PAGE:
Contact of the semiconductor wafer to be analyzed with the material of the carrier transporting the semiconductor wafer (typically polyurethane, for example) occurs during the measurement or handling of the semiconductor wafer, and despite the hydrophilicity of the surfaces of the semiconductor wafer, some contamination of the semiconductor wafer cannot be ruled out, for example in the form of an impression on the semiconductor wafer (for example of a conveyor belt or a chuck, i.e. a support suitable for holding a semiconductor wafer), in the form of particles, or else as metallic contamination (primarily by direct contact with a conveyor belt), or by cross-contamination by contact with an uncleaned, and still contaminated surface from a previous measurement process. A subsequent cleaning step to remove particles and impressions on the semiconductor wafer is necessary after the measurements have been conducted. A final cleaning of the semiconductor wafer is therefore carried out in step (g) of the method according to the invention.
The final cleaning preferably involves a sequence of: cleaning the semiconductor wafer in baths of surfactants; washing; treatment in aqueous HF solution (optionally with O3) to remove metallic contaminants; further hydrophilicization, which is carried out either wet chemically or by gassing; and drying the semiconductor wafer.
The treatment in aqueous HF solution removes metallic contaminants, which may be caused by previous measurements and by handling equipment, from the surfaces of the semiconductor wafer. The concentration of the aqueous HF solution is preferably 0.2-5%.
In order to be able to identify visually perceptible defects and reject a semiconductor wafer having such defects, a visual inspection of the semiconductor wafer is preferably carried out after the final cleaning. The semiconductor wafer can subsequently be packaged and prepared for dispatch.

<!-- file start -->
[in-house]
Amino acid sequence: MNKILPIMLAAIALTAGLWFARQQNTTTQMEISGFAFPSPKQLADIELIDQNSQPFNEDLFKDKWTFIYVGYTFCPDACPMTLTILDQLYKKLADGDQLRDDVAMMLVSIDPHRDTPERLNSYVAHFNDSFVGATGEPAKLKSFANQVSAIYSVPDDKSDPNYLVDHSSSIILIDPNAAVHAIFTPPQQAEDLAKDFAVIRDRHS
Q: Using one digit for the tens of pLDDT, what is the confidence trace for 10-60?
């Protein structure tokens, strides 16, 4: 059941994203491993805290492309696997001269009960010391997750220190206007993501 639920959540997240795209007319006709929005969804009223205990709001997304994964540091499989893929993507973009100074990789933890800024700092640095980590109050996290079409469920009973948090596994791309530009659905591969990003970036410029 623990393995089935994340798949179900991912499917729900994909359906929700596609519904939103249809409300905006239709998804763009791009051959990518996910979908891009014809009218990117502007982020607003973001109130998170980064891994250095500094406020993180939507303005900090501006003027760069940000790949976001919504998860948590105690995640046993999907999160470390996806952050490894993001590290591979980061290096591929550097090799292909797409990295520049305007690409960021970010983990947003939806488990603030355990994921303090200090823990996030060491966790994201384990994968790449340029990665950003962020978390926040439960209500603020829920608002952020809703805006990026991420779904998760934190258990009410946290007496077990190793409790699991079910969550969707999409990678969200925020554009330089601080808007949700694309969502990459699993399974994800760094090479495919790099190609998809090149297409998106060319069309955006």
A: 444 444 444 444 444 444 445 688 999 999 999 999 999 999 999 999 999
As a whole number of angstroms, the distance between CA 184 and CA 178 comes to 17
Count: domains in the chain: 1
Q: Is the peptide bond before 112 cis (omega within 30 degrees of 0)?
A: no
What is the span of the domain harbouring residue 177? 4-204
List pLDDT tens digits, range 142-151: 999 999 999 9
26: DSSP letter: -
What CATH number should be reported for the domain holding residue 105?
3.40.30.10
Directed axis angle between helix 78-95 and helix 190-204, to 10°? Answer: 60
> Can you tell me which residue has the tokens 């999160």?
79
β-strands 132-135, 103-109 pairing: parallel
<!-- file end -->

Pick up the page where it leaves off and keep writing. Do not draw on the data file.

A particular advantage of the method according to the invention is that it is a less expensive method than the prior art methods of producing a polished semiconductor wafer, but a surface quality of the semiconductor wafer produced thereby which corresponds essentially to that of a polished semiconductor wafer is nevertheless achieved . This result is achieved according to the invention by replacing the hitherto customary lapping by a grinding step.
The semiconductor wafer produced by the method according to the invention has a surface roughness of 3 nm or less on its at least one ground and etched side, which represents a significant improvement over the prior art of a "sawn, lapped and etched semiconductor wafer" (roughness 100 nm or more).
A relatively low etching removal is required in the inventive method compared to the prior art method for a sawed, lapped and etched semiconductor wafer, the effect of which is to avoid deterioration of the microstructure of the semiconductor wafer due to significantly high etching removal ("orange peel"). At the same time, planarity parameters are achieved which are better than the prior art of a "sawn, lapped and etched semiconductor wafer".
Furthermore, it is also possible to produce thin semiconductor wafers with a thickness of 80-100 μm by the method according to the invention, which is not possible with a sawing-lapping-etching process sequence according to the prior art.